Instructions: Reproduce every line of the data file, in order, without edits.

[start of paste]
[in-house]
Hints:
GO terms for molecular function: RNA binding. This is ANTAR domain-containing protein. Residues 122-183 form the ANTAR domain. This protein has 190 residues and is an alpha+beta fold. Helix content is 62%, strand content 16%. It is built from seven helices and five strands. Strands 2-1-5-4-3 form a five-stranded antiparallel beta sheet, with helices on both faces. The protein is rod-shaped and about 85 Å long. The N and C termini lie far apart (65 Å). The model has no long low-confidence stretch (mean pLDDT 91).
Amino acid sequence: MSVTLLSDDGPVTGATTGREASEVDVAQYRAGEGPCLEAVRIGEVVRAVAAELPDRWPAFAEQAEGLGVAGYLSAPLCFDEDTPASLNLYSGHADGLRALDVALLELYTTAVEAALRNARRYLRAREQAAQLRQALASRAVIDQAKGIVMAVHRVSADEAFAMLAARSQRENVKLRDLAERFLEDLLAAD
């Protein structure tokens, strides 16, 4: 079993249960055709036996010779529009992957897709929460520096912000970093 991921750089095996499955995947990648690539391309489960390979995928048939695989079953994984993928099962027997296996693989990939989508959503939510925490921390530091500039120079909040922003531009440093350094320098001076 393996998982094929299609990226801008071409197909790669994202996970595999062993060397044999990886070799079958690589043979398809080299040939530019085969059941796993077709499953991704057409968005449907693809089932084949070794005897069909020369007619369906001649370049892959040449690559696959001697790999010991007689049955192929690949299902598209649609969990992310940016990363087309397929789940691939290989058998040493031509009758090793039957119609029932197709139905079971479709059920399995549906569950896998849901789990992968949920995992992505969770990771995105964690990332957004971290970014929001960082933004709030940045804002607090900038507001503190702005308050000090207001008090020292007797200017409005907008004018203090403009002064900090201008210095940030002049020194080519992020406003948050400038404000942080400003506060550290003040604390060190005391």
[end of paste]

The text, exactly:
[in-house]
Hints:
GO terms for molecular function: RNA binding. This is ANTAR domain-containing protein. Residues 122-183 form the ANTAR domain. This protein has 190 residues and is an alpha+beta fold. Helix content is 62%, strand content 16%. It is built from seven helices and five strands. Strands 2-1-5-4-3 form a five-stranded antiparallel beta sheet, with helices on both faces. The protein is rod-shaped and about 85 Å long. The N and C termini lie far apart (65 Å). The model has no long low-confidence stretch (mean pLDDT 91).
Amino acid sequence: MSVTLLSDDGPVTGATTGREASEVDVAQYRAGEGPCLEAVRIGEVVRAVAAELPDRWPAFAEQAEGLGVAGYLSAPLCFDEDTPASLNLYSGHADGLRALDVALLELYTTAVEAALRNARRYLRAREQAAQLRQALASRAVIDQAKGIVMAVHRVSADEAFAMLAARSQRENVKLRDLAERFLEDLLAAD
């Protein structure tokens, strides 16, 4: 079993249960055709036996010779529009992957897709929460520096912000970093 991921750089095996499955995947990648690539391309489960390979995928048939695989079953994984993928099962027997296996693989990939989508959503939510925490921390530091500039120079909040922003531009440093350094320098001076 393996998982094929299609990226801008071409197909790669994202996970595999062993060397044999990886070799079958690589043979398809080299040939530019085969059941796993077709499953991704057409968005449907693809089932084949070794005897069909020369007619369906001649370049892959040449690559696959001697790999010991007689049955192929690949299902598209649609969990992310940016990363087309397929789940691939290989058998040493031509009758090793039957119609029932197709139905079971479709059920399995549906569950896998849901789990992968949920995992992505969770990771995105964690990332957004971290970014929001960082933004709030940045804002607090900038507001503190702005308050000090207001008090020292007797200017409005907008004018203090403009002064900090201008210095940030002049020194080519992020406003948050400038404000942080400003506060550290003040604390060190005391």